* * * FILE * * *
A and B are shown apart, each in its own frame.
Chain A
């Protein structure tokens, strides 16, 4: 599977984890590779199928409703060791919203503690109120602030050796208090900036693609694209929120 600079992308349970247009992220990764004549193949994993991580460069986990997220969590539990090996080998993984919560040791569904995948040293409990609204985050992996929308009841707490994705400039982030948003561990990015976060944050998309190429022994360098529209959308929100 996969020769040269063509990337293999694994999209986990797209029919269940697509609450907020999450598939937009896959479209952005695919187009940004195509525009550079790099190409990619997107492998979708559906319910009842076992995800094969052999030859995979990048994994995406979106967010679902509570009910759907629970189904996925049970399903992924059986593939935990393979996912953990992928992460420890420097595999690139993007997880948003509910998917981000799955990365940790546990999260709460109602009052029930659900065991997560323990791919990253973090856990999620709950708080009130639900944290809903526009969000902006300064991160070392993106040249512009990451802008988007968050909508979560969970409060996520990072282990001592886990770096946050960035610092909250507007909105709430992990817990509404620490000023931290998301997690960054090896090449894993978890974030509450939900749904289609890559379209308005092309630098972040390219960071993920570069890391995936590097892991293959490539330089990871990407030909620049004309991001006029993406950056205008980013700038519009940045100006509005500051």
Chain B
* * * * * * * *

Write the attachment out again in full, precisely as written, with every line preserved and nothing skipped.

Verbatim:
A and B are shown apart, each in its own frame.
Chain A
């Protein structure tokens, strides 16, 4: 599977984890590779199928409703060791919203503690109120602030050796208090900036693609694209929120 600079992308349970247009992220990764004549193949994993991580460069986990997220969590539990090996080998993984919560040791569904995948040293409990609204985050992996929308009841707490994705400039982030948003561990990015976060944050998309190429022994360098529209959308929100 996969020769040269063509990337293999694994999209986990797209029919269940697509609450907020999450598939937009896959479209952005695919187009940004195509525009550079790099190409990619997107492998979708559906319910009842076992995800094969052999030859995979990048994994995406979106967010679902509570009910759907629970189904996925049970399903992924059986593939935990393979996912953990992928992460420890420097595999690139993007997880948003509910998917981000799955990365940790546990999260709460109602009052029930659900065991997560323990791919990253973090856990999620709950708080009130639900944290809903526009969000902006300064991160070392993106040249512009990451802008988007968050909508979560969970409060996520990072282990001592886990770096946050960035610092909250507007909105709430992990817990509404620490000023931290998301997690960054090896090449894993978890974030509450939900749904289609890559379209308005092309630098972040390219960071993920570069890391995936590097892991293959490539330089990871990407030909620049004309991001006029993406950056205008980013700038519009940045100006509005500051």
Chain B